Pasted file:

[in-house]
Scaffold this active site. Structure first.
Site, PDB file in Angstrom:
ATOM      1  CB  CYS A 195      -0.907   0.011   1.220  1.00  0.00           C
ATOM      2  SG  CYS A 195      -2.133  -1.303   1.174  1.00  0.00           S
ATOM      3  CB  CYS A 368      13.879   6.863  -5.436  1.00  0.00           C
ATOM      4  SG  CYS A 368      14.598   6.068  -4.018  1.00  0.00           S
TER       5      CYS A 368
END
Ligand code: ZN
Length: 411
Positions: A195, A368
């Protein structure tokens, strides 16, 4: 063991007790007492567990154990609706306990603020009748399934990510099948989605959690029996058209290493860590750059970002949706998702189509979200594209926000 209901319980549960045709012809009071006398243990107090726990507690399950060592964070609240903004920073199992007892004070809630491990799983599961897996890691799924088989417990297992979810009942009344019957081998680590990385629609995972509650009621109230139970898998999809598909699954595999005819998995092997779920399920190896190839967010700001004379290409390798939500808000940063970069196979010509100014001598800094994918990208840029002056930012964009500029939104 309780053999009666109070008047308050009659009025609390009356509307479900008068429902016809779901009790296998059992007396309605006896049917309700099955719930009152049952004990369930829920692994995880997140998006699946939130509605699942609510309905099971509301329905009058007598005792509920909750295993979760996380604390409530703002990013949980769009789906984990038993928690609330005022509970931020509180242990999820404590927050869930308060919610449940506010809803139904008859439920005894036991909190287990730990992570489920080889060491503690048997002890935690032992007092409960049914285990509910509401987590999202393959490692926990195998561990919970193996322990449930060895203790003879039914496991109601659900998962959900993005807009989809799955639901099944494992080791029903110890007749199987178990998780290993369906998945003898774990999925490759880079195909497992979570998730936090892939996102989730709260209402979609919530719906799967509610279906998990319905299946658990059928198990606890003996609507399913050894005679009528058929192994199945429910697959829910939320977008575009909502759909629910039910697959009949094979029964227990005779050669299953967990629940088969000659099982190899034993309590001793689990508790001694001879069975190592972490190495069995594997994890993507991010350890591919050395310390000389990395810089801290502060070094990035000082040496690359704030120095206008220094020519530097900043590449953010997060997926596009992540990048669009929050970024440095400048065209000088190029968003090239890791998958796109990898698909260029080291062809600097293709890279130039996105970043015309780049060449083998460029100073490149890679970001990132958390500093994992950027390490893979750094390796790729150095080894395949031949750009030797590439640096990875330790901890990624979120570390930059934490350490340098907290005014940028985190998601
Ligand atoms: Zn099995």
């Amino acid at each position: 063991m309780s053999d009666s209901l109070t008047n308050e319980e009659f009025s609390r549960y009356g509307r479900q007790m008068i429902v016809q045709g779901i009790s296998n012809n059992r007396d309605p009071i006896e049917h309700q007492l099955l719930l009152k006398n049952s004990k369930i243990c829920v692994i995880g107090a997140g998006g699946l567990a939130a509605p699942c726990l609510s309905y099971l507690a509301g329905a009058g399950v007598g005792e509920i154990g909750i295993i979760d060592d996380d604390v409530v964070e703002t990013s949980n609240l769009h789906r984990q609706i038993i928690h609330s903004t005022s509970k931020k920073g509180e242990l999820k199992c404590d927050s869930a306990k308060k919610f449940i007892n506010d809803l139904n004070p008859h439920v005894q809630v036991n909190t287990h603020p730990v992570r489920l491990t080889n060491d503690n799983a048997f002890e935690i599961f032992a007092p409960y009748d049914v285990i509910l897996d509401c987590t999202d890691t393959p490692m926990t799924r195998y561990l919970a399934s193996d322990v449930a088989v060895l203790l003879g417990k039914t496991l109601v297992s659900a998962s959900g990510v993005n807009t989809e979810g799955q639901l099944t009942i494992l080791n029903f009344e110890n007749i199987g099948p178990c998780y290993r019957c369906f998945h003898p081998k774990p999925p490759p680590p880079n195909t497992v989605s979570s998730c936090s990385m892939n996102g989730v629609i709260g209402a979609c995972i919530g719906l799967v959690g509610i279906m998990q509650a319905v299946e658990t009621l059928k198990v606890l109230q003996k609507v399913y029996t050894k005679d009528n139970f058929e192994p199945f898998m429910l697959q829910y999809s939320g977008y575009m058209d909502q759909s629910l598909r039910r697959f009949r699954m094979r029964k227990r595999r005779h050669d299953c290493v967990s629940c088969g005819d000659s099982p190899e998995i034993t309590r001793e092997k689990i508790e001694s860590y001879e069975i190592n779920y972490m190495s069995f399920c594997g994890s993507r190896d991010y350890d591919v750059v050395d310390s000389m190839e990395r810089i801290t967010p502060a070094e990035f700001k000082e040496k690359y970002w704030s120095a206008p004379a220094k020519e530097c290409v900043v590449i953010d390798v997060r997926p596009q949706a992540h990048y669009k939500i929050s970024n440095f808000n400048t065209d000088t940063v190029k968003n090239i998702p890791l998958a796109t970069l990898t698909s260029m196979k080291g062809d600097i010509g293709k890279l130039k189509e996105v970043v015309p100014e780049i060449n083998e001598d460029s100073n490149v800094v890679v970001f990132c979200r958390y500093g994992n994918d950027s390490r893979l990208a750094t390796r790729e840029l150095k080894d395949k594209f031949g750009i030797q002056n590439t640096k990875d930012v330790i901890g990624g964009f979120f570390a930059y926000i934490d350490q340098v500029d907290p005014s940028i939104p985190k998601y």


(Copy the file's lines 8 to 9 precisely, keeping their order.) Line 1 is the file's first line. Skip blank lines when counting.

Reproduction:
TER       5      CYS A 368
END